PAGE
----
Spontaneous calcium release from inositol trisphosphate-sensitive calcium stores

Nature. 1991 Jul 18;352(6332):241-4. doi: 10.1038/352241a0.


Inositol 1,4,5-trisphosphate (InsP3) functions as a second messenger to mobilize Ca2+ from intracellular reservoirs. The release mechanism displays all-or-none characteristics, that may account for other observations that the InsP3-induced mobilization of Ca2+ is quantal. Quantal release may depend on the sensitivity of the InsP3 receptor being regulated by the Ca2+ concentration in the lumen of the endoplasmic reticulum. We report here that the InsP3-sensitive store in hepatocytes discharges spontaneously when overloaded with Ca2+. The release, which is blocked by heparin, is preceded by an increasing sensitivity of the InsP3 receptor to endogenous InsP3, and is promoted by those sulphydryl reagents (oxidized glutathione and thimerosal) that induce Ca2+ oscillations in intact cells (ref. 8, and T. A. Rooney, D. C. Renard, E. J. Sass and A. P. Thomas, manuscript in preparation). This novel process could have a role in generating both Ca2+ oscillations and Ca2+ waves.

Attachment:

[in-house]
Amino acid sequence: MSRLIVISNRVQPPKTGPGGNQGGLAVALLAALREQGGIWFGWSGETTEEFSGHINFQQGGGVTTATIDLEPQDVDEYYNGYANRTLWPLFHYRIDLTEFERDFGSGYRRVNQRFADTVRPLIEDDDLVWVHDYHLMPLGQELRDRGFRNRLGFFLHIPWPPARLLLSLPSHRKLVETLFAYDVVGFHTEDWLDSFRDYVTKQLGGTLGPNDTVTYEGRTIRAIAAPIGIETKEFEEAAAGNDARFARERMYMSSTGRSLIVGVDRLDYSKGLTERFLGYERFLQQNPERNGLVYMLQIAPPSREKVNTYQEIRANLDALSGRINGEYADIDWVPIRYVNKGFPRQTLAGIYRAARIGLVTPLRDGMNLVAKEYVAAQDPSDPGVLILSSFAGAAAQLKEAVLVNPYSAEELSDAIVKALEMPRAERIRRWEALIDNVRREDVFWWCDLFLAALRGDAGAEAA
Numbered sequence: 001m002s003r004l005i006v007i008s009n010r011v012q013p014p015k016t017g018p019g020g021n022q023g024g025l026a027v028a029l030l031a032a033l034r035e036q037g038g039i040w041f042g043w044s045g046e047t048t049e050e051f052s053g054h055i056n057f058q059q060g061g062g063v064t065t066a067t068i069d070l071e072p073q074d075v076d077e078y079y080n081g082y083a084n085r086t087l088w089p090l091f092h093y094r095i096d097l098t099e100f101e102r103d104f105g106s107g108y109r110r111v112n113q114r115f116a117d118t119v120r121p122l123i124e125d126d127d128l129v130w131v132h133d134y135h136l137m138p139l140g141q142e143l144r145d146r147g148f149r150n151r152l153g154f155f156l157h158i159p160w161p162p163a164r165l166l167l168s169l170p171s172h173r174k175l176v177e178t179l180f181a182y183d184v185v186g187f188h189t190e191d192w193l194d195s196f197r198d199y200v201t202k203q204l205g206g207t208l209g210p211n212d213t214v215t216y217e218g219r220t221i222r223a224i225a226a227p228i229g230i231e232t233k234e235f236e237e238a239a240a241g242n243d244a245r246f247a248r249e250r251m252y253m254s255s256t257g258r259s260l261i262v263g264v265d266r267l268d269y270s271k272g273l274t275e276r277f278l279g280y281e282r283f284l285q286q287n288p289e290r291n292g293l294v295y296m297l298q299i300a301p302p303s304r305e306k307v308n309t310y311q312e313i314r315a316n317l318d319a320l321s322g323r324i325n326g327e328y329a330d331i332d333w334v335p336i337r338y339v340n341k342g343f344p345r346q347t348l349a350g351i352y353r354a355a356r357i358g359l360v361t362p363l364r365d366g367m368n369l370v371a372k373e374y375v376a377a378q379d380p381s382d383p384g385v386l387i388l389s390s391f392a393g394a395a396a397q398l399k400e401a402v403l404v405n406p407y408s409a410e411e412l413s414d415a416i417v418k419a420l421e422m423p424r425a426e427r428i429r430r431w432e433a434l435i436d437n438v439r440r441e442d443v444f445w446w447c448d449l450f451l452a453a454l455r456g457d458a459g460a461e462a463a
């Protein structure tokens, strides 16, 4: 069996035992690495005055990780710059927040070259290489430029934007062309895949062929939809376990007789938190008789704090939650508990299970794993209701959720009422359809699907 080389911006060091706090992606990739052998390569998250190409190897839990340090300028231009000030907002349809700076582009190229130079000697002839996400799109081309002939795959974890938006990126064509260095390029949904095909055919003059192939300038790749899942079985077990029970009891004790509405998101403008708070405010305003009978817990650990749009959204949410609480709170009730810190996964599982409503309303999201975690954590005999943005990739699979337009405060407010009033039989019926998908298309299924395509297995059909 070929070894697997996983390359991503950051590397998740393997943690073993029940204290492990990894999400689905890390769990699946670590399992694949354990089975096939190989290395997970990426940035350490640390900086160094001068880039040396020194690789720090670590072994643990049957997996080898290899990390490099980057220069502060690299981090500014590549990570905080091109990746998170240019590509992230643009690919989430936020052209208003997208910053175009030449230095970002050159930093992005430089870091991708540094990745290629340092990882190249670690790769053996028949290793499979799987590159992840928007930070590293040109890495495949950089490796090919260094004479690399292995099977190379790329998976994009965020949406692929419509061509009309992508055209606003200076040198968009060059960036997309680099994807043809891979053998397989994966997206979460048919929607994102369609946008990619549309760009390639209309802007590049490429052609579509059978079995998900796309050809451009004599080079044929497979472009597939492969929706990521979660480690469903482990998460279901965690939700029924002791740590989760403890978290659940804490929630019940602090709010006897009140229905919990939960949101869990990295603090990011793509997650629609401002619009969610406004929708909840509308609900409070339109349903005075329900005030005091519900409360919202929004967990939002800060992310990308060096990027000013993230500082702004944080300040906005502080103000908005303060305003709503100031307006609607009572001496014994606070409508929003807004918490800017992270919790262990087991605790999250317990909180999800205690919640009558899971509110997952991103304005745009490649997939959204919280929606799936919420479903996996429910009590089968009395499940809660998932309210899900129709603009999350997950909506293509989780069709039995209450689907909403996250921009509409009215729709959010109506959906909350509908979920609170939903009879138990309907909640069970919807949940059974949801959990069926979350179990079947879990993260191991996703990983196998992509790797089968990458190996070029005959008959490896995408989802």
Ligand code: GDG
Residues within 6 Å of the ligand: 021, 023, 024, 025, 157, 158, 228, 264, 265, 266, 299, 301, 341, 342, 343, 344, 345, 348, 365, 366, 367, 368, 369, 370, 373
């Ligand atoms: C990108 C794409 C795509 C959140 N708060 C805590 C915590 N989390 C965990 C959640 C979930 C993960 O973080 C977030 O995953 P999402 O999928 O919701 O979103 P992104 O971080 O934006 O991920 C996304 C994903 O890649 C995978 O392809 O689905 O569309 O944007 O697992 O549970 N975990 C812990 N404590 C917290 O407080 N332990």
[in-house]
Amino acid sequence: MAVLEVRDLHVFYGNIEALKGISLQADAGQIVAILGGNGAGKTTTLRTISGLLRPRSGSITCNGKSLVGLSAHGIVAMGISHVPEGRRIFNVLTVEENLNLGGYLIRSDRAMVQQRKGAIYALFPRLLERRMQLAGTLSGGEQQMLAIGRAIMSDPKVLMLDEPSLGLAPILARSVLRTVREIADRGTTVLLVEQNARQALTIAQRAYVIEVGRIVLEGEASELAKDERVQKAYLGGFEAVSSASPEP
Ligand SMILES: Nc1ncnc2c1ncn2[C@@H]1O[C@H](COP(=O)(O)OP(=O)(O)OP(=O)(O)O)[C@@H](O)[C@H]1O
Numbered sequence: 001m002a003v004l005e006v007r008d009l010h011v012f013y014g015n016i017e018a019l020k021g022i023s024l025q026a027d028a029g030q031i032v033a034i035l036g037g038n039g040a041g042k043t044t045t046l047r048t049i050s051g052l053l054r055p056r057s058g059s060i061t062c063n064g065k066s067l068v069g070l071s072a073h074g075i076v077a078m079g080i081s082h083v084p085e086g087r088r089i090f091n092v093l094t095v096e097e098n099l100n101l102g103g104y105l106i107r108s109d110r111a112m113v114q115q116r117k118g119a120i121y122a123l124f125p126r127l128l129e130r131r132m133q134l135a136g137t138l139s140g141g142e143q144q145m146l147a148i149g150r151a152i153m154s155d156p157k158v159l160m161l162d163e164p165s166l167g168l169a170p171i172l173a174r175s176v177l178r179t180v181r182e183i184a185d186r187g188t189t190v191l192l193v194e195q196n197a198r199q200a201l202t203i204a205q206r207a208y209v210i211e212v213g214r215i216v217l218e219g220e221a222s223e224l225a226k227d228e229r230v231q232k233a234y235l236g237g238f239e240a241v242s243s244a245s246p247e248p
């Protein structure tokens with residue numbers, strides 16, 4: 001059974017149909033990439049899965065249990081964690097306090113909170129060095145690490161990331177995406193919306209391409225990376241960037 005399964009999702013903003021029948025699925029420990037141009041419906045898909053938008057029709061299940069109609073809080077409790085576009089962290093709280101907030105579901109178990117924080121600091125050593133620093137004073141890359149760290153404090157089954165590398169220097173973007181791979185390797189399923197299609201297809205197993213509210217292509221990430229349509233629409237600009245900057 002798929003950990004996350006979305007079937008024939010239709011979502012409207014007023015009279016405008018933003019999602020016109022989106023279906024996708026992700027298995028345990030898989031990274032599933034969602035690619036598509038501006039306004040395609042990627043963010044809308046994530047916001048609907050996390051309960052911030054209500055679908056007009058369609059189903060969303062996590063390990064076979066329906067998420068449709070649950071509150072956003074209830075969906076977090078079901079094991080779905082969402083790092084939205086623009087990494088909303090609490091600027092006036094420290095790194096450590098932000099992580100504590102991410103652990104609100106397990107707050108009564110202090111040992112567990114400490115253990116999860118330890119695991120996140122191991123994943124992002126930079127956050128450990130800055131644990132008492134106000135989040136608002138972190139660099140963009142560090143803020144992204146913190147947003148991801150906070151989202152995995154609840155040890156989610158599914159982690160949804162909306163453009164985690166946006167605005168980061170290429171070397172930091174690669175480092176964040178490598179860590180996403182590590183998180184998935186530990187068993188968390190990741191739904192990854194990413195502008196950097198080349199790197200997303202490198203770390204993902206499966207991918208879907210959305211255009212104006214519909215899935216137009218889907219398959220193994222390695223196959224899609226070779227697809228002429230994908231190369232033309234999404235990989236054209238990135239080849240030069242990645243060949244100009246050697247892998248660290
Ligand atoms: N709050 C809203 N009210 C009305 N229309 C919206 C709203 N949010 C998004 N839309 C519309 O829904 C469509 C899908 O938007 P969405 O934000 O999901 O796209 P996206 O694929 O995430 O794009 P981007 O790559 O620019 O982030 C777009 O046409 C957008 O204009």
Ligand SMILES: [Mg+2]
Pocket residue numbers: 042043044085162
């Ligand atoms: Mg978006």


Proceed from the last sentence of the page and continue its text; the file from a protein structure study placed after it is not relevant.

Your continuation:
Publication types

  • Research Support, Non-U.S. Gov't

MeSH terms

  • Animals
  • Calcium / metabolism*
  • Cell Membrane Permeability
  • Cells, Cultured
  • Glutathione / analogs & derivatives
  • Glutathione / pharmacology
  • Glutathione Disulfide
  • Inositol 1,4,5-Trisphosphate / pharmacology*
  • Kinetics
  • Liver / drug effects
  • Liver / metabolism*
  • Mitochondria, Liver / metabolism
  • Rats


  • Inositol 1,4,5-Trisphosphate
  • Glutathione
  • Calcium
  • Glutathione Disulfide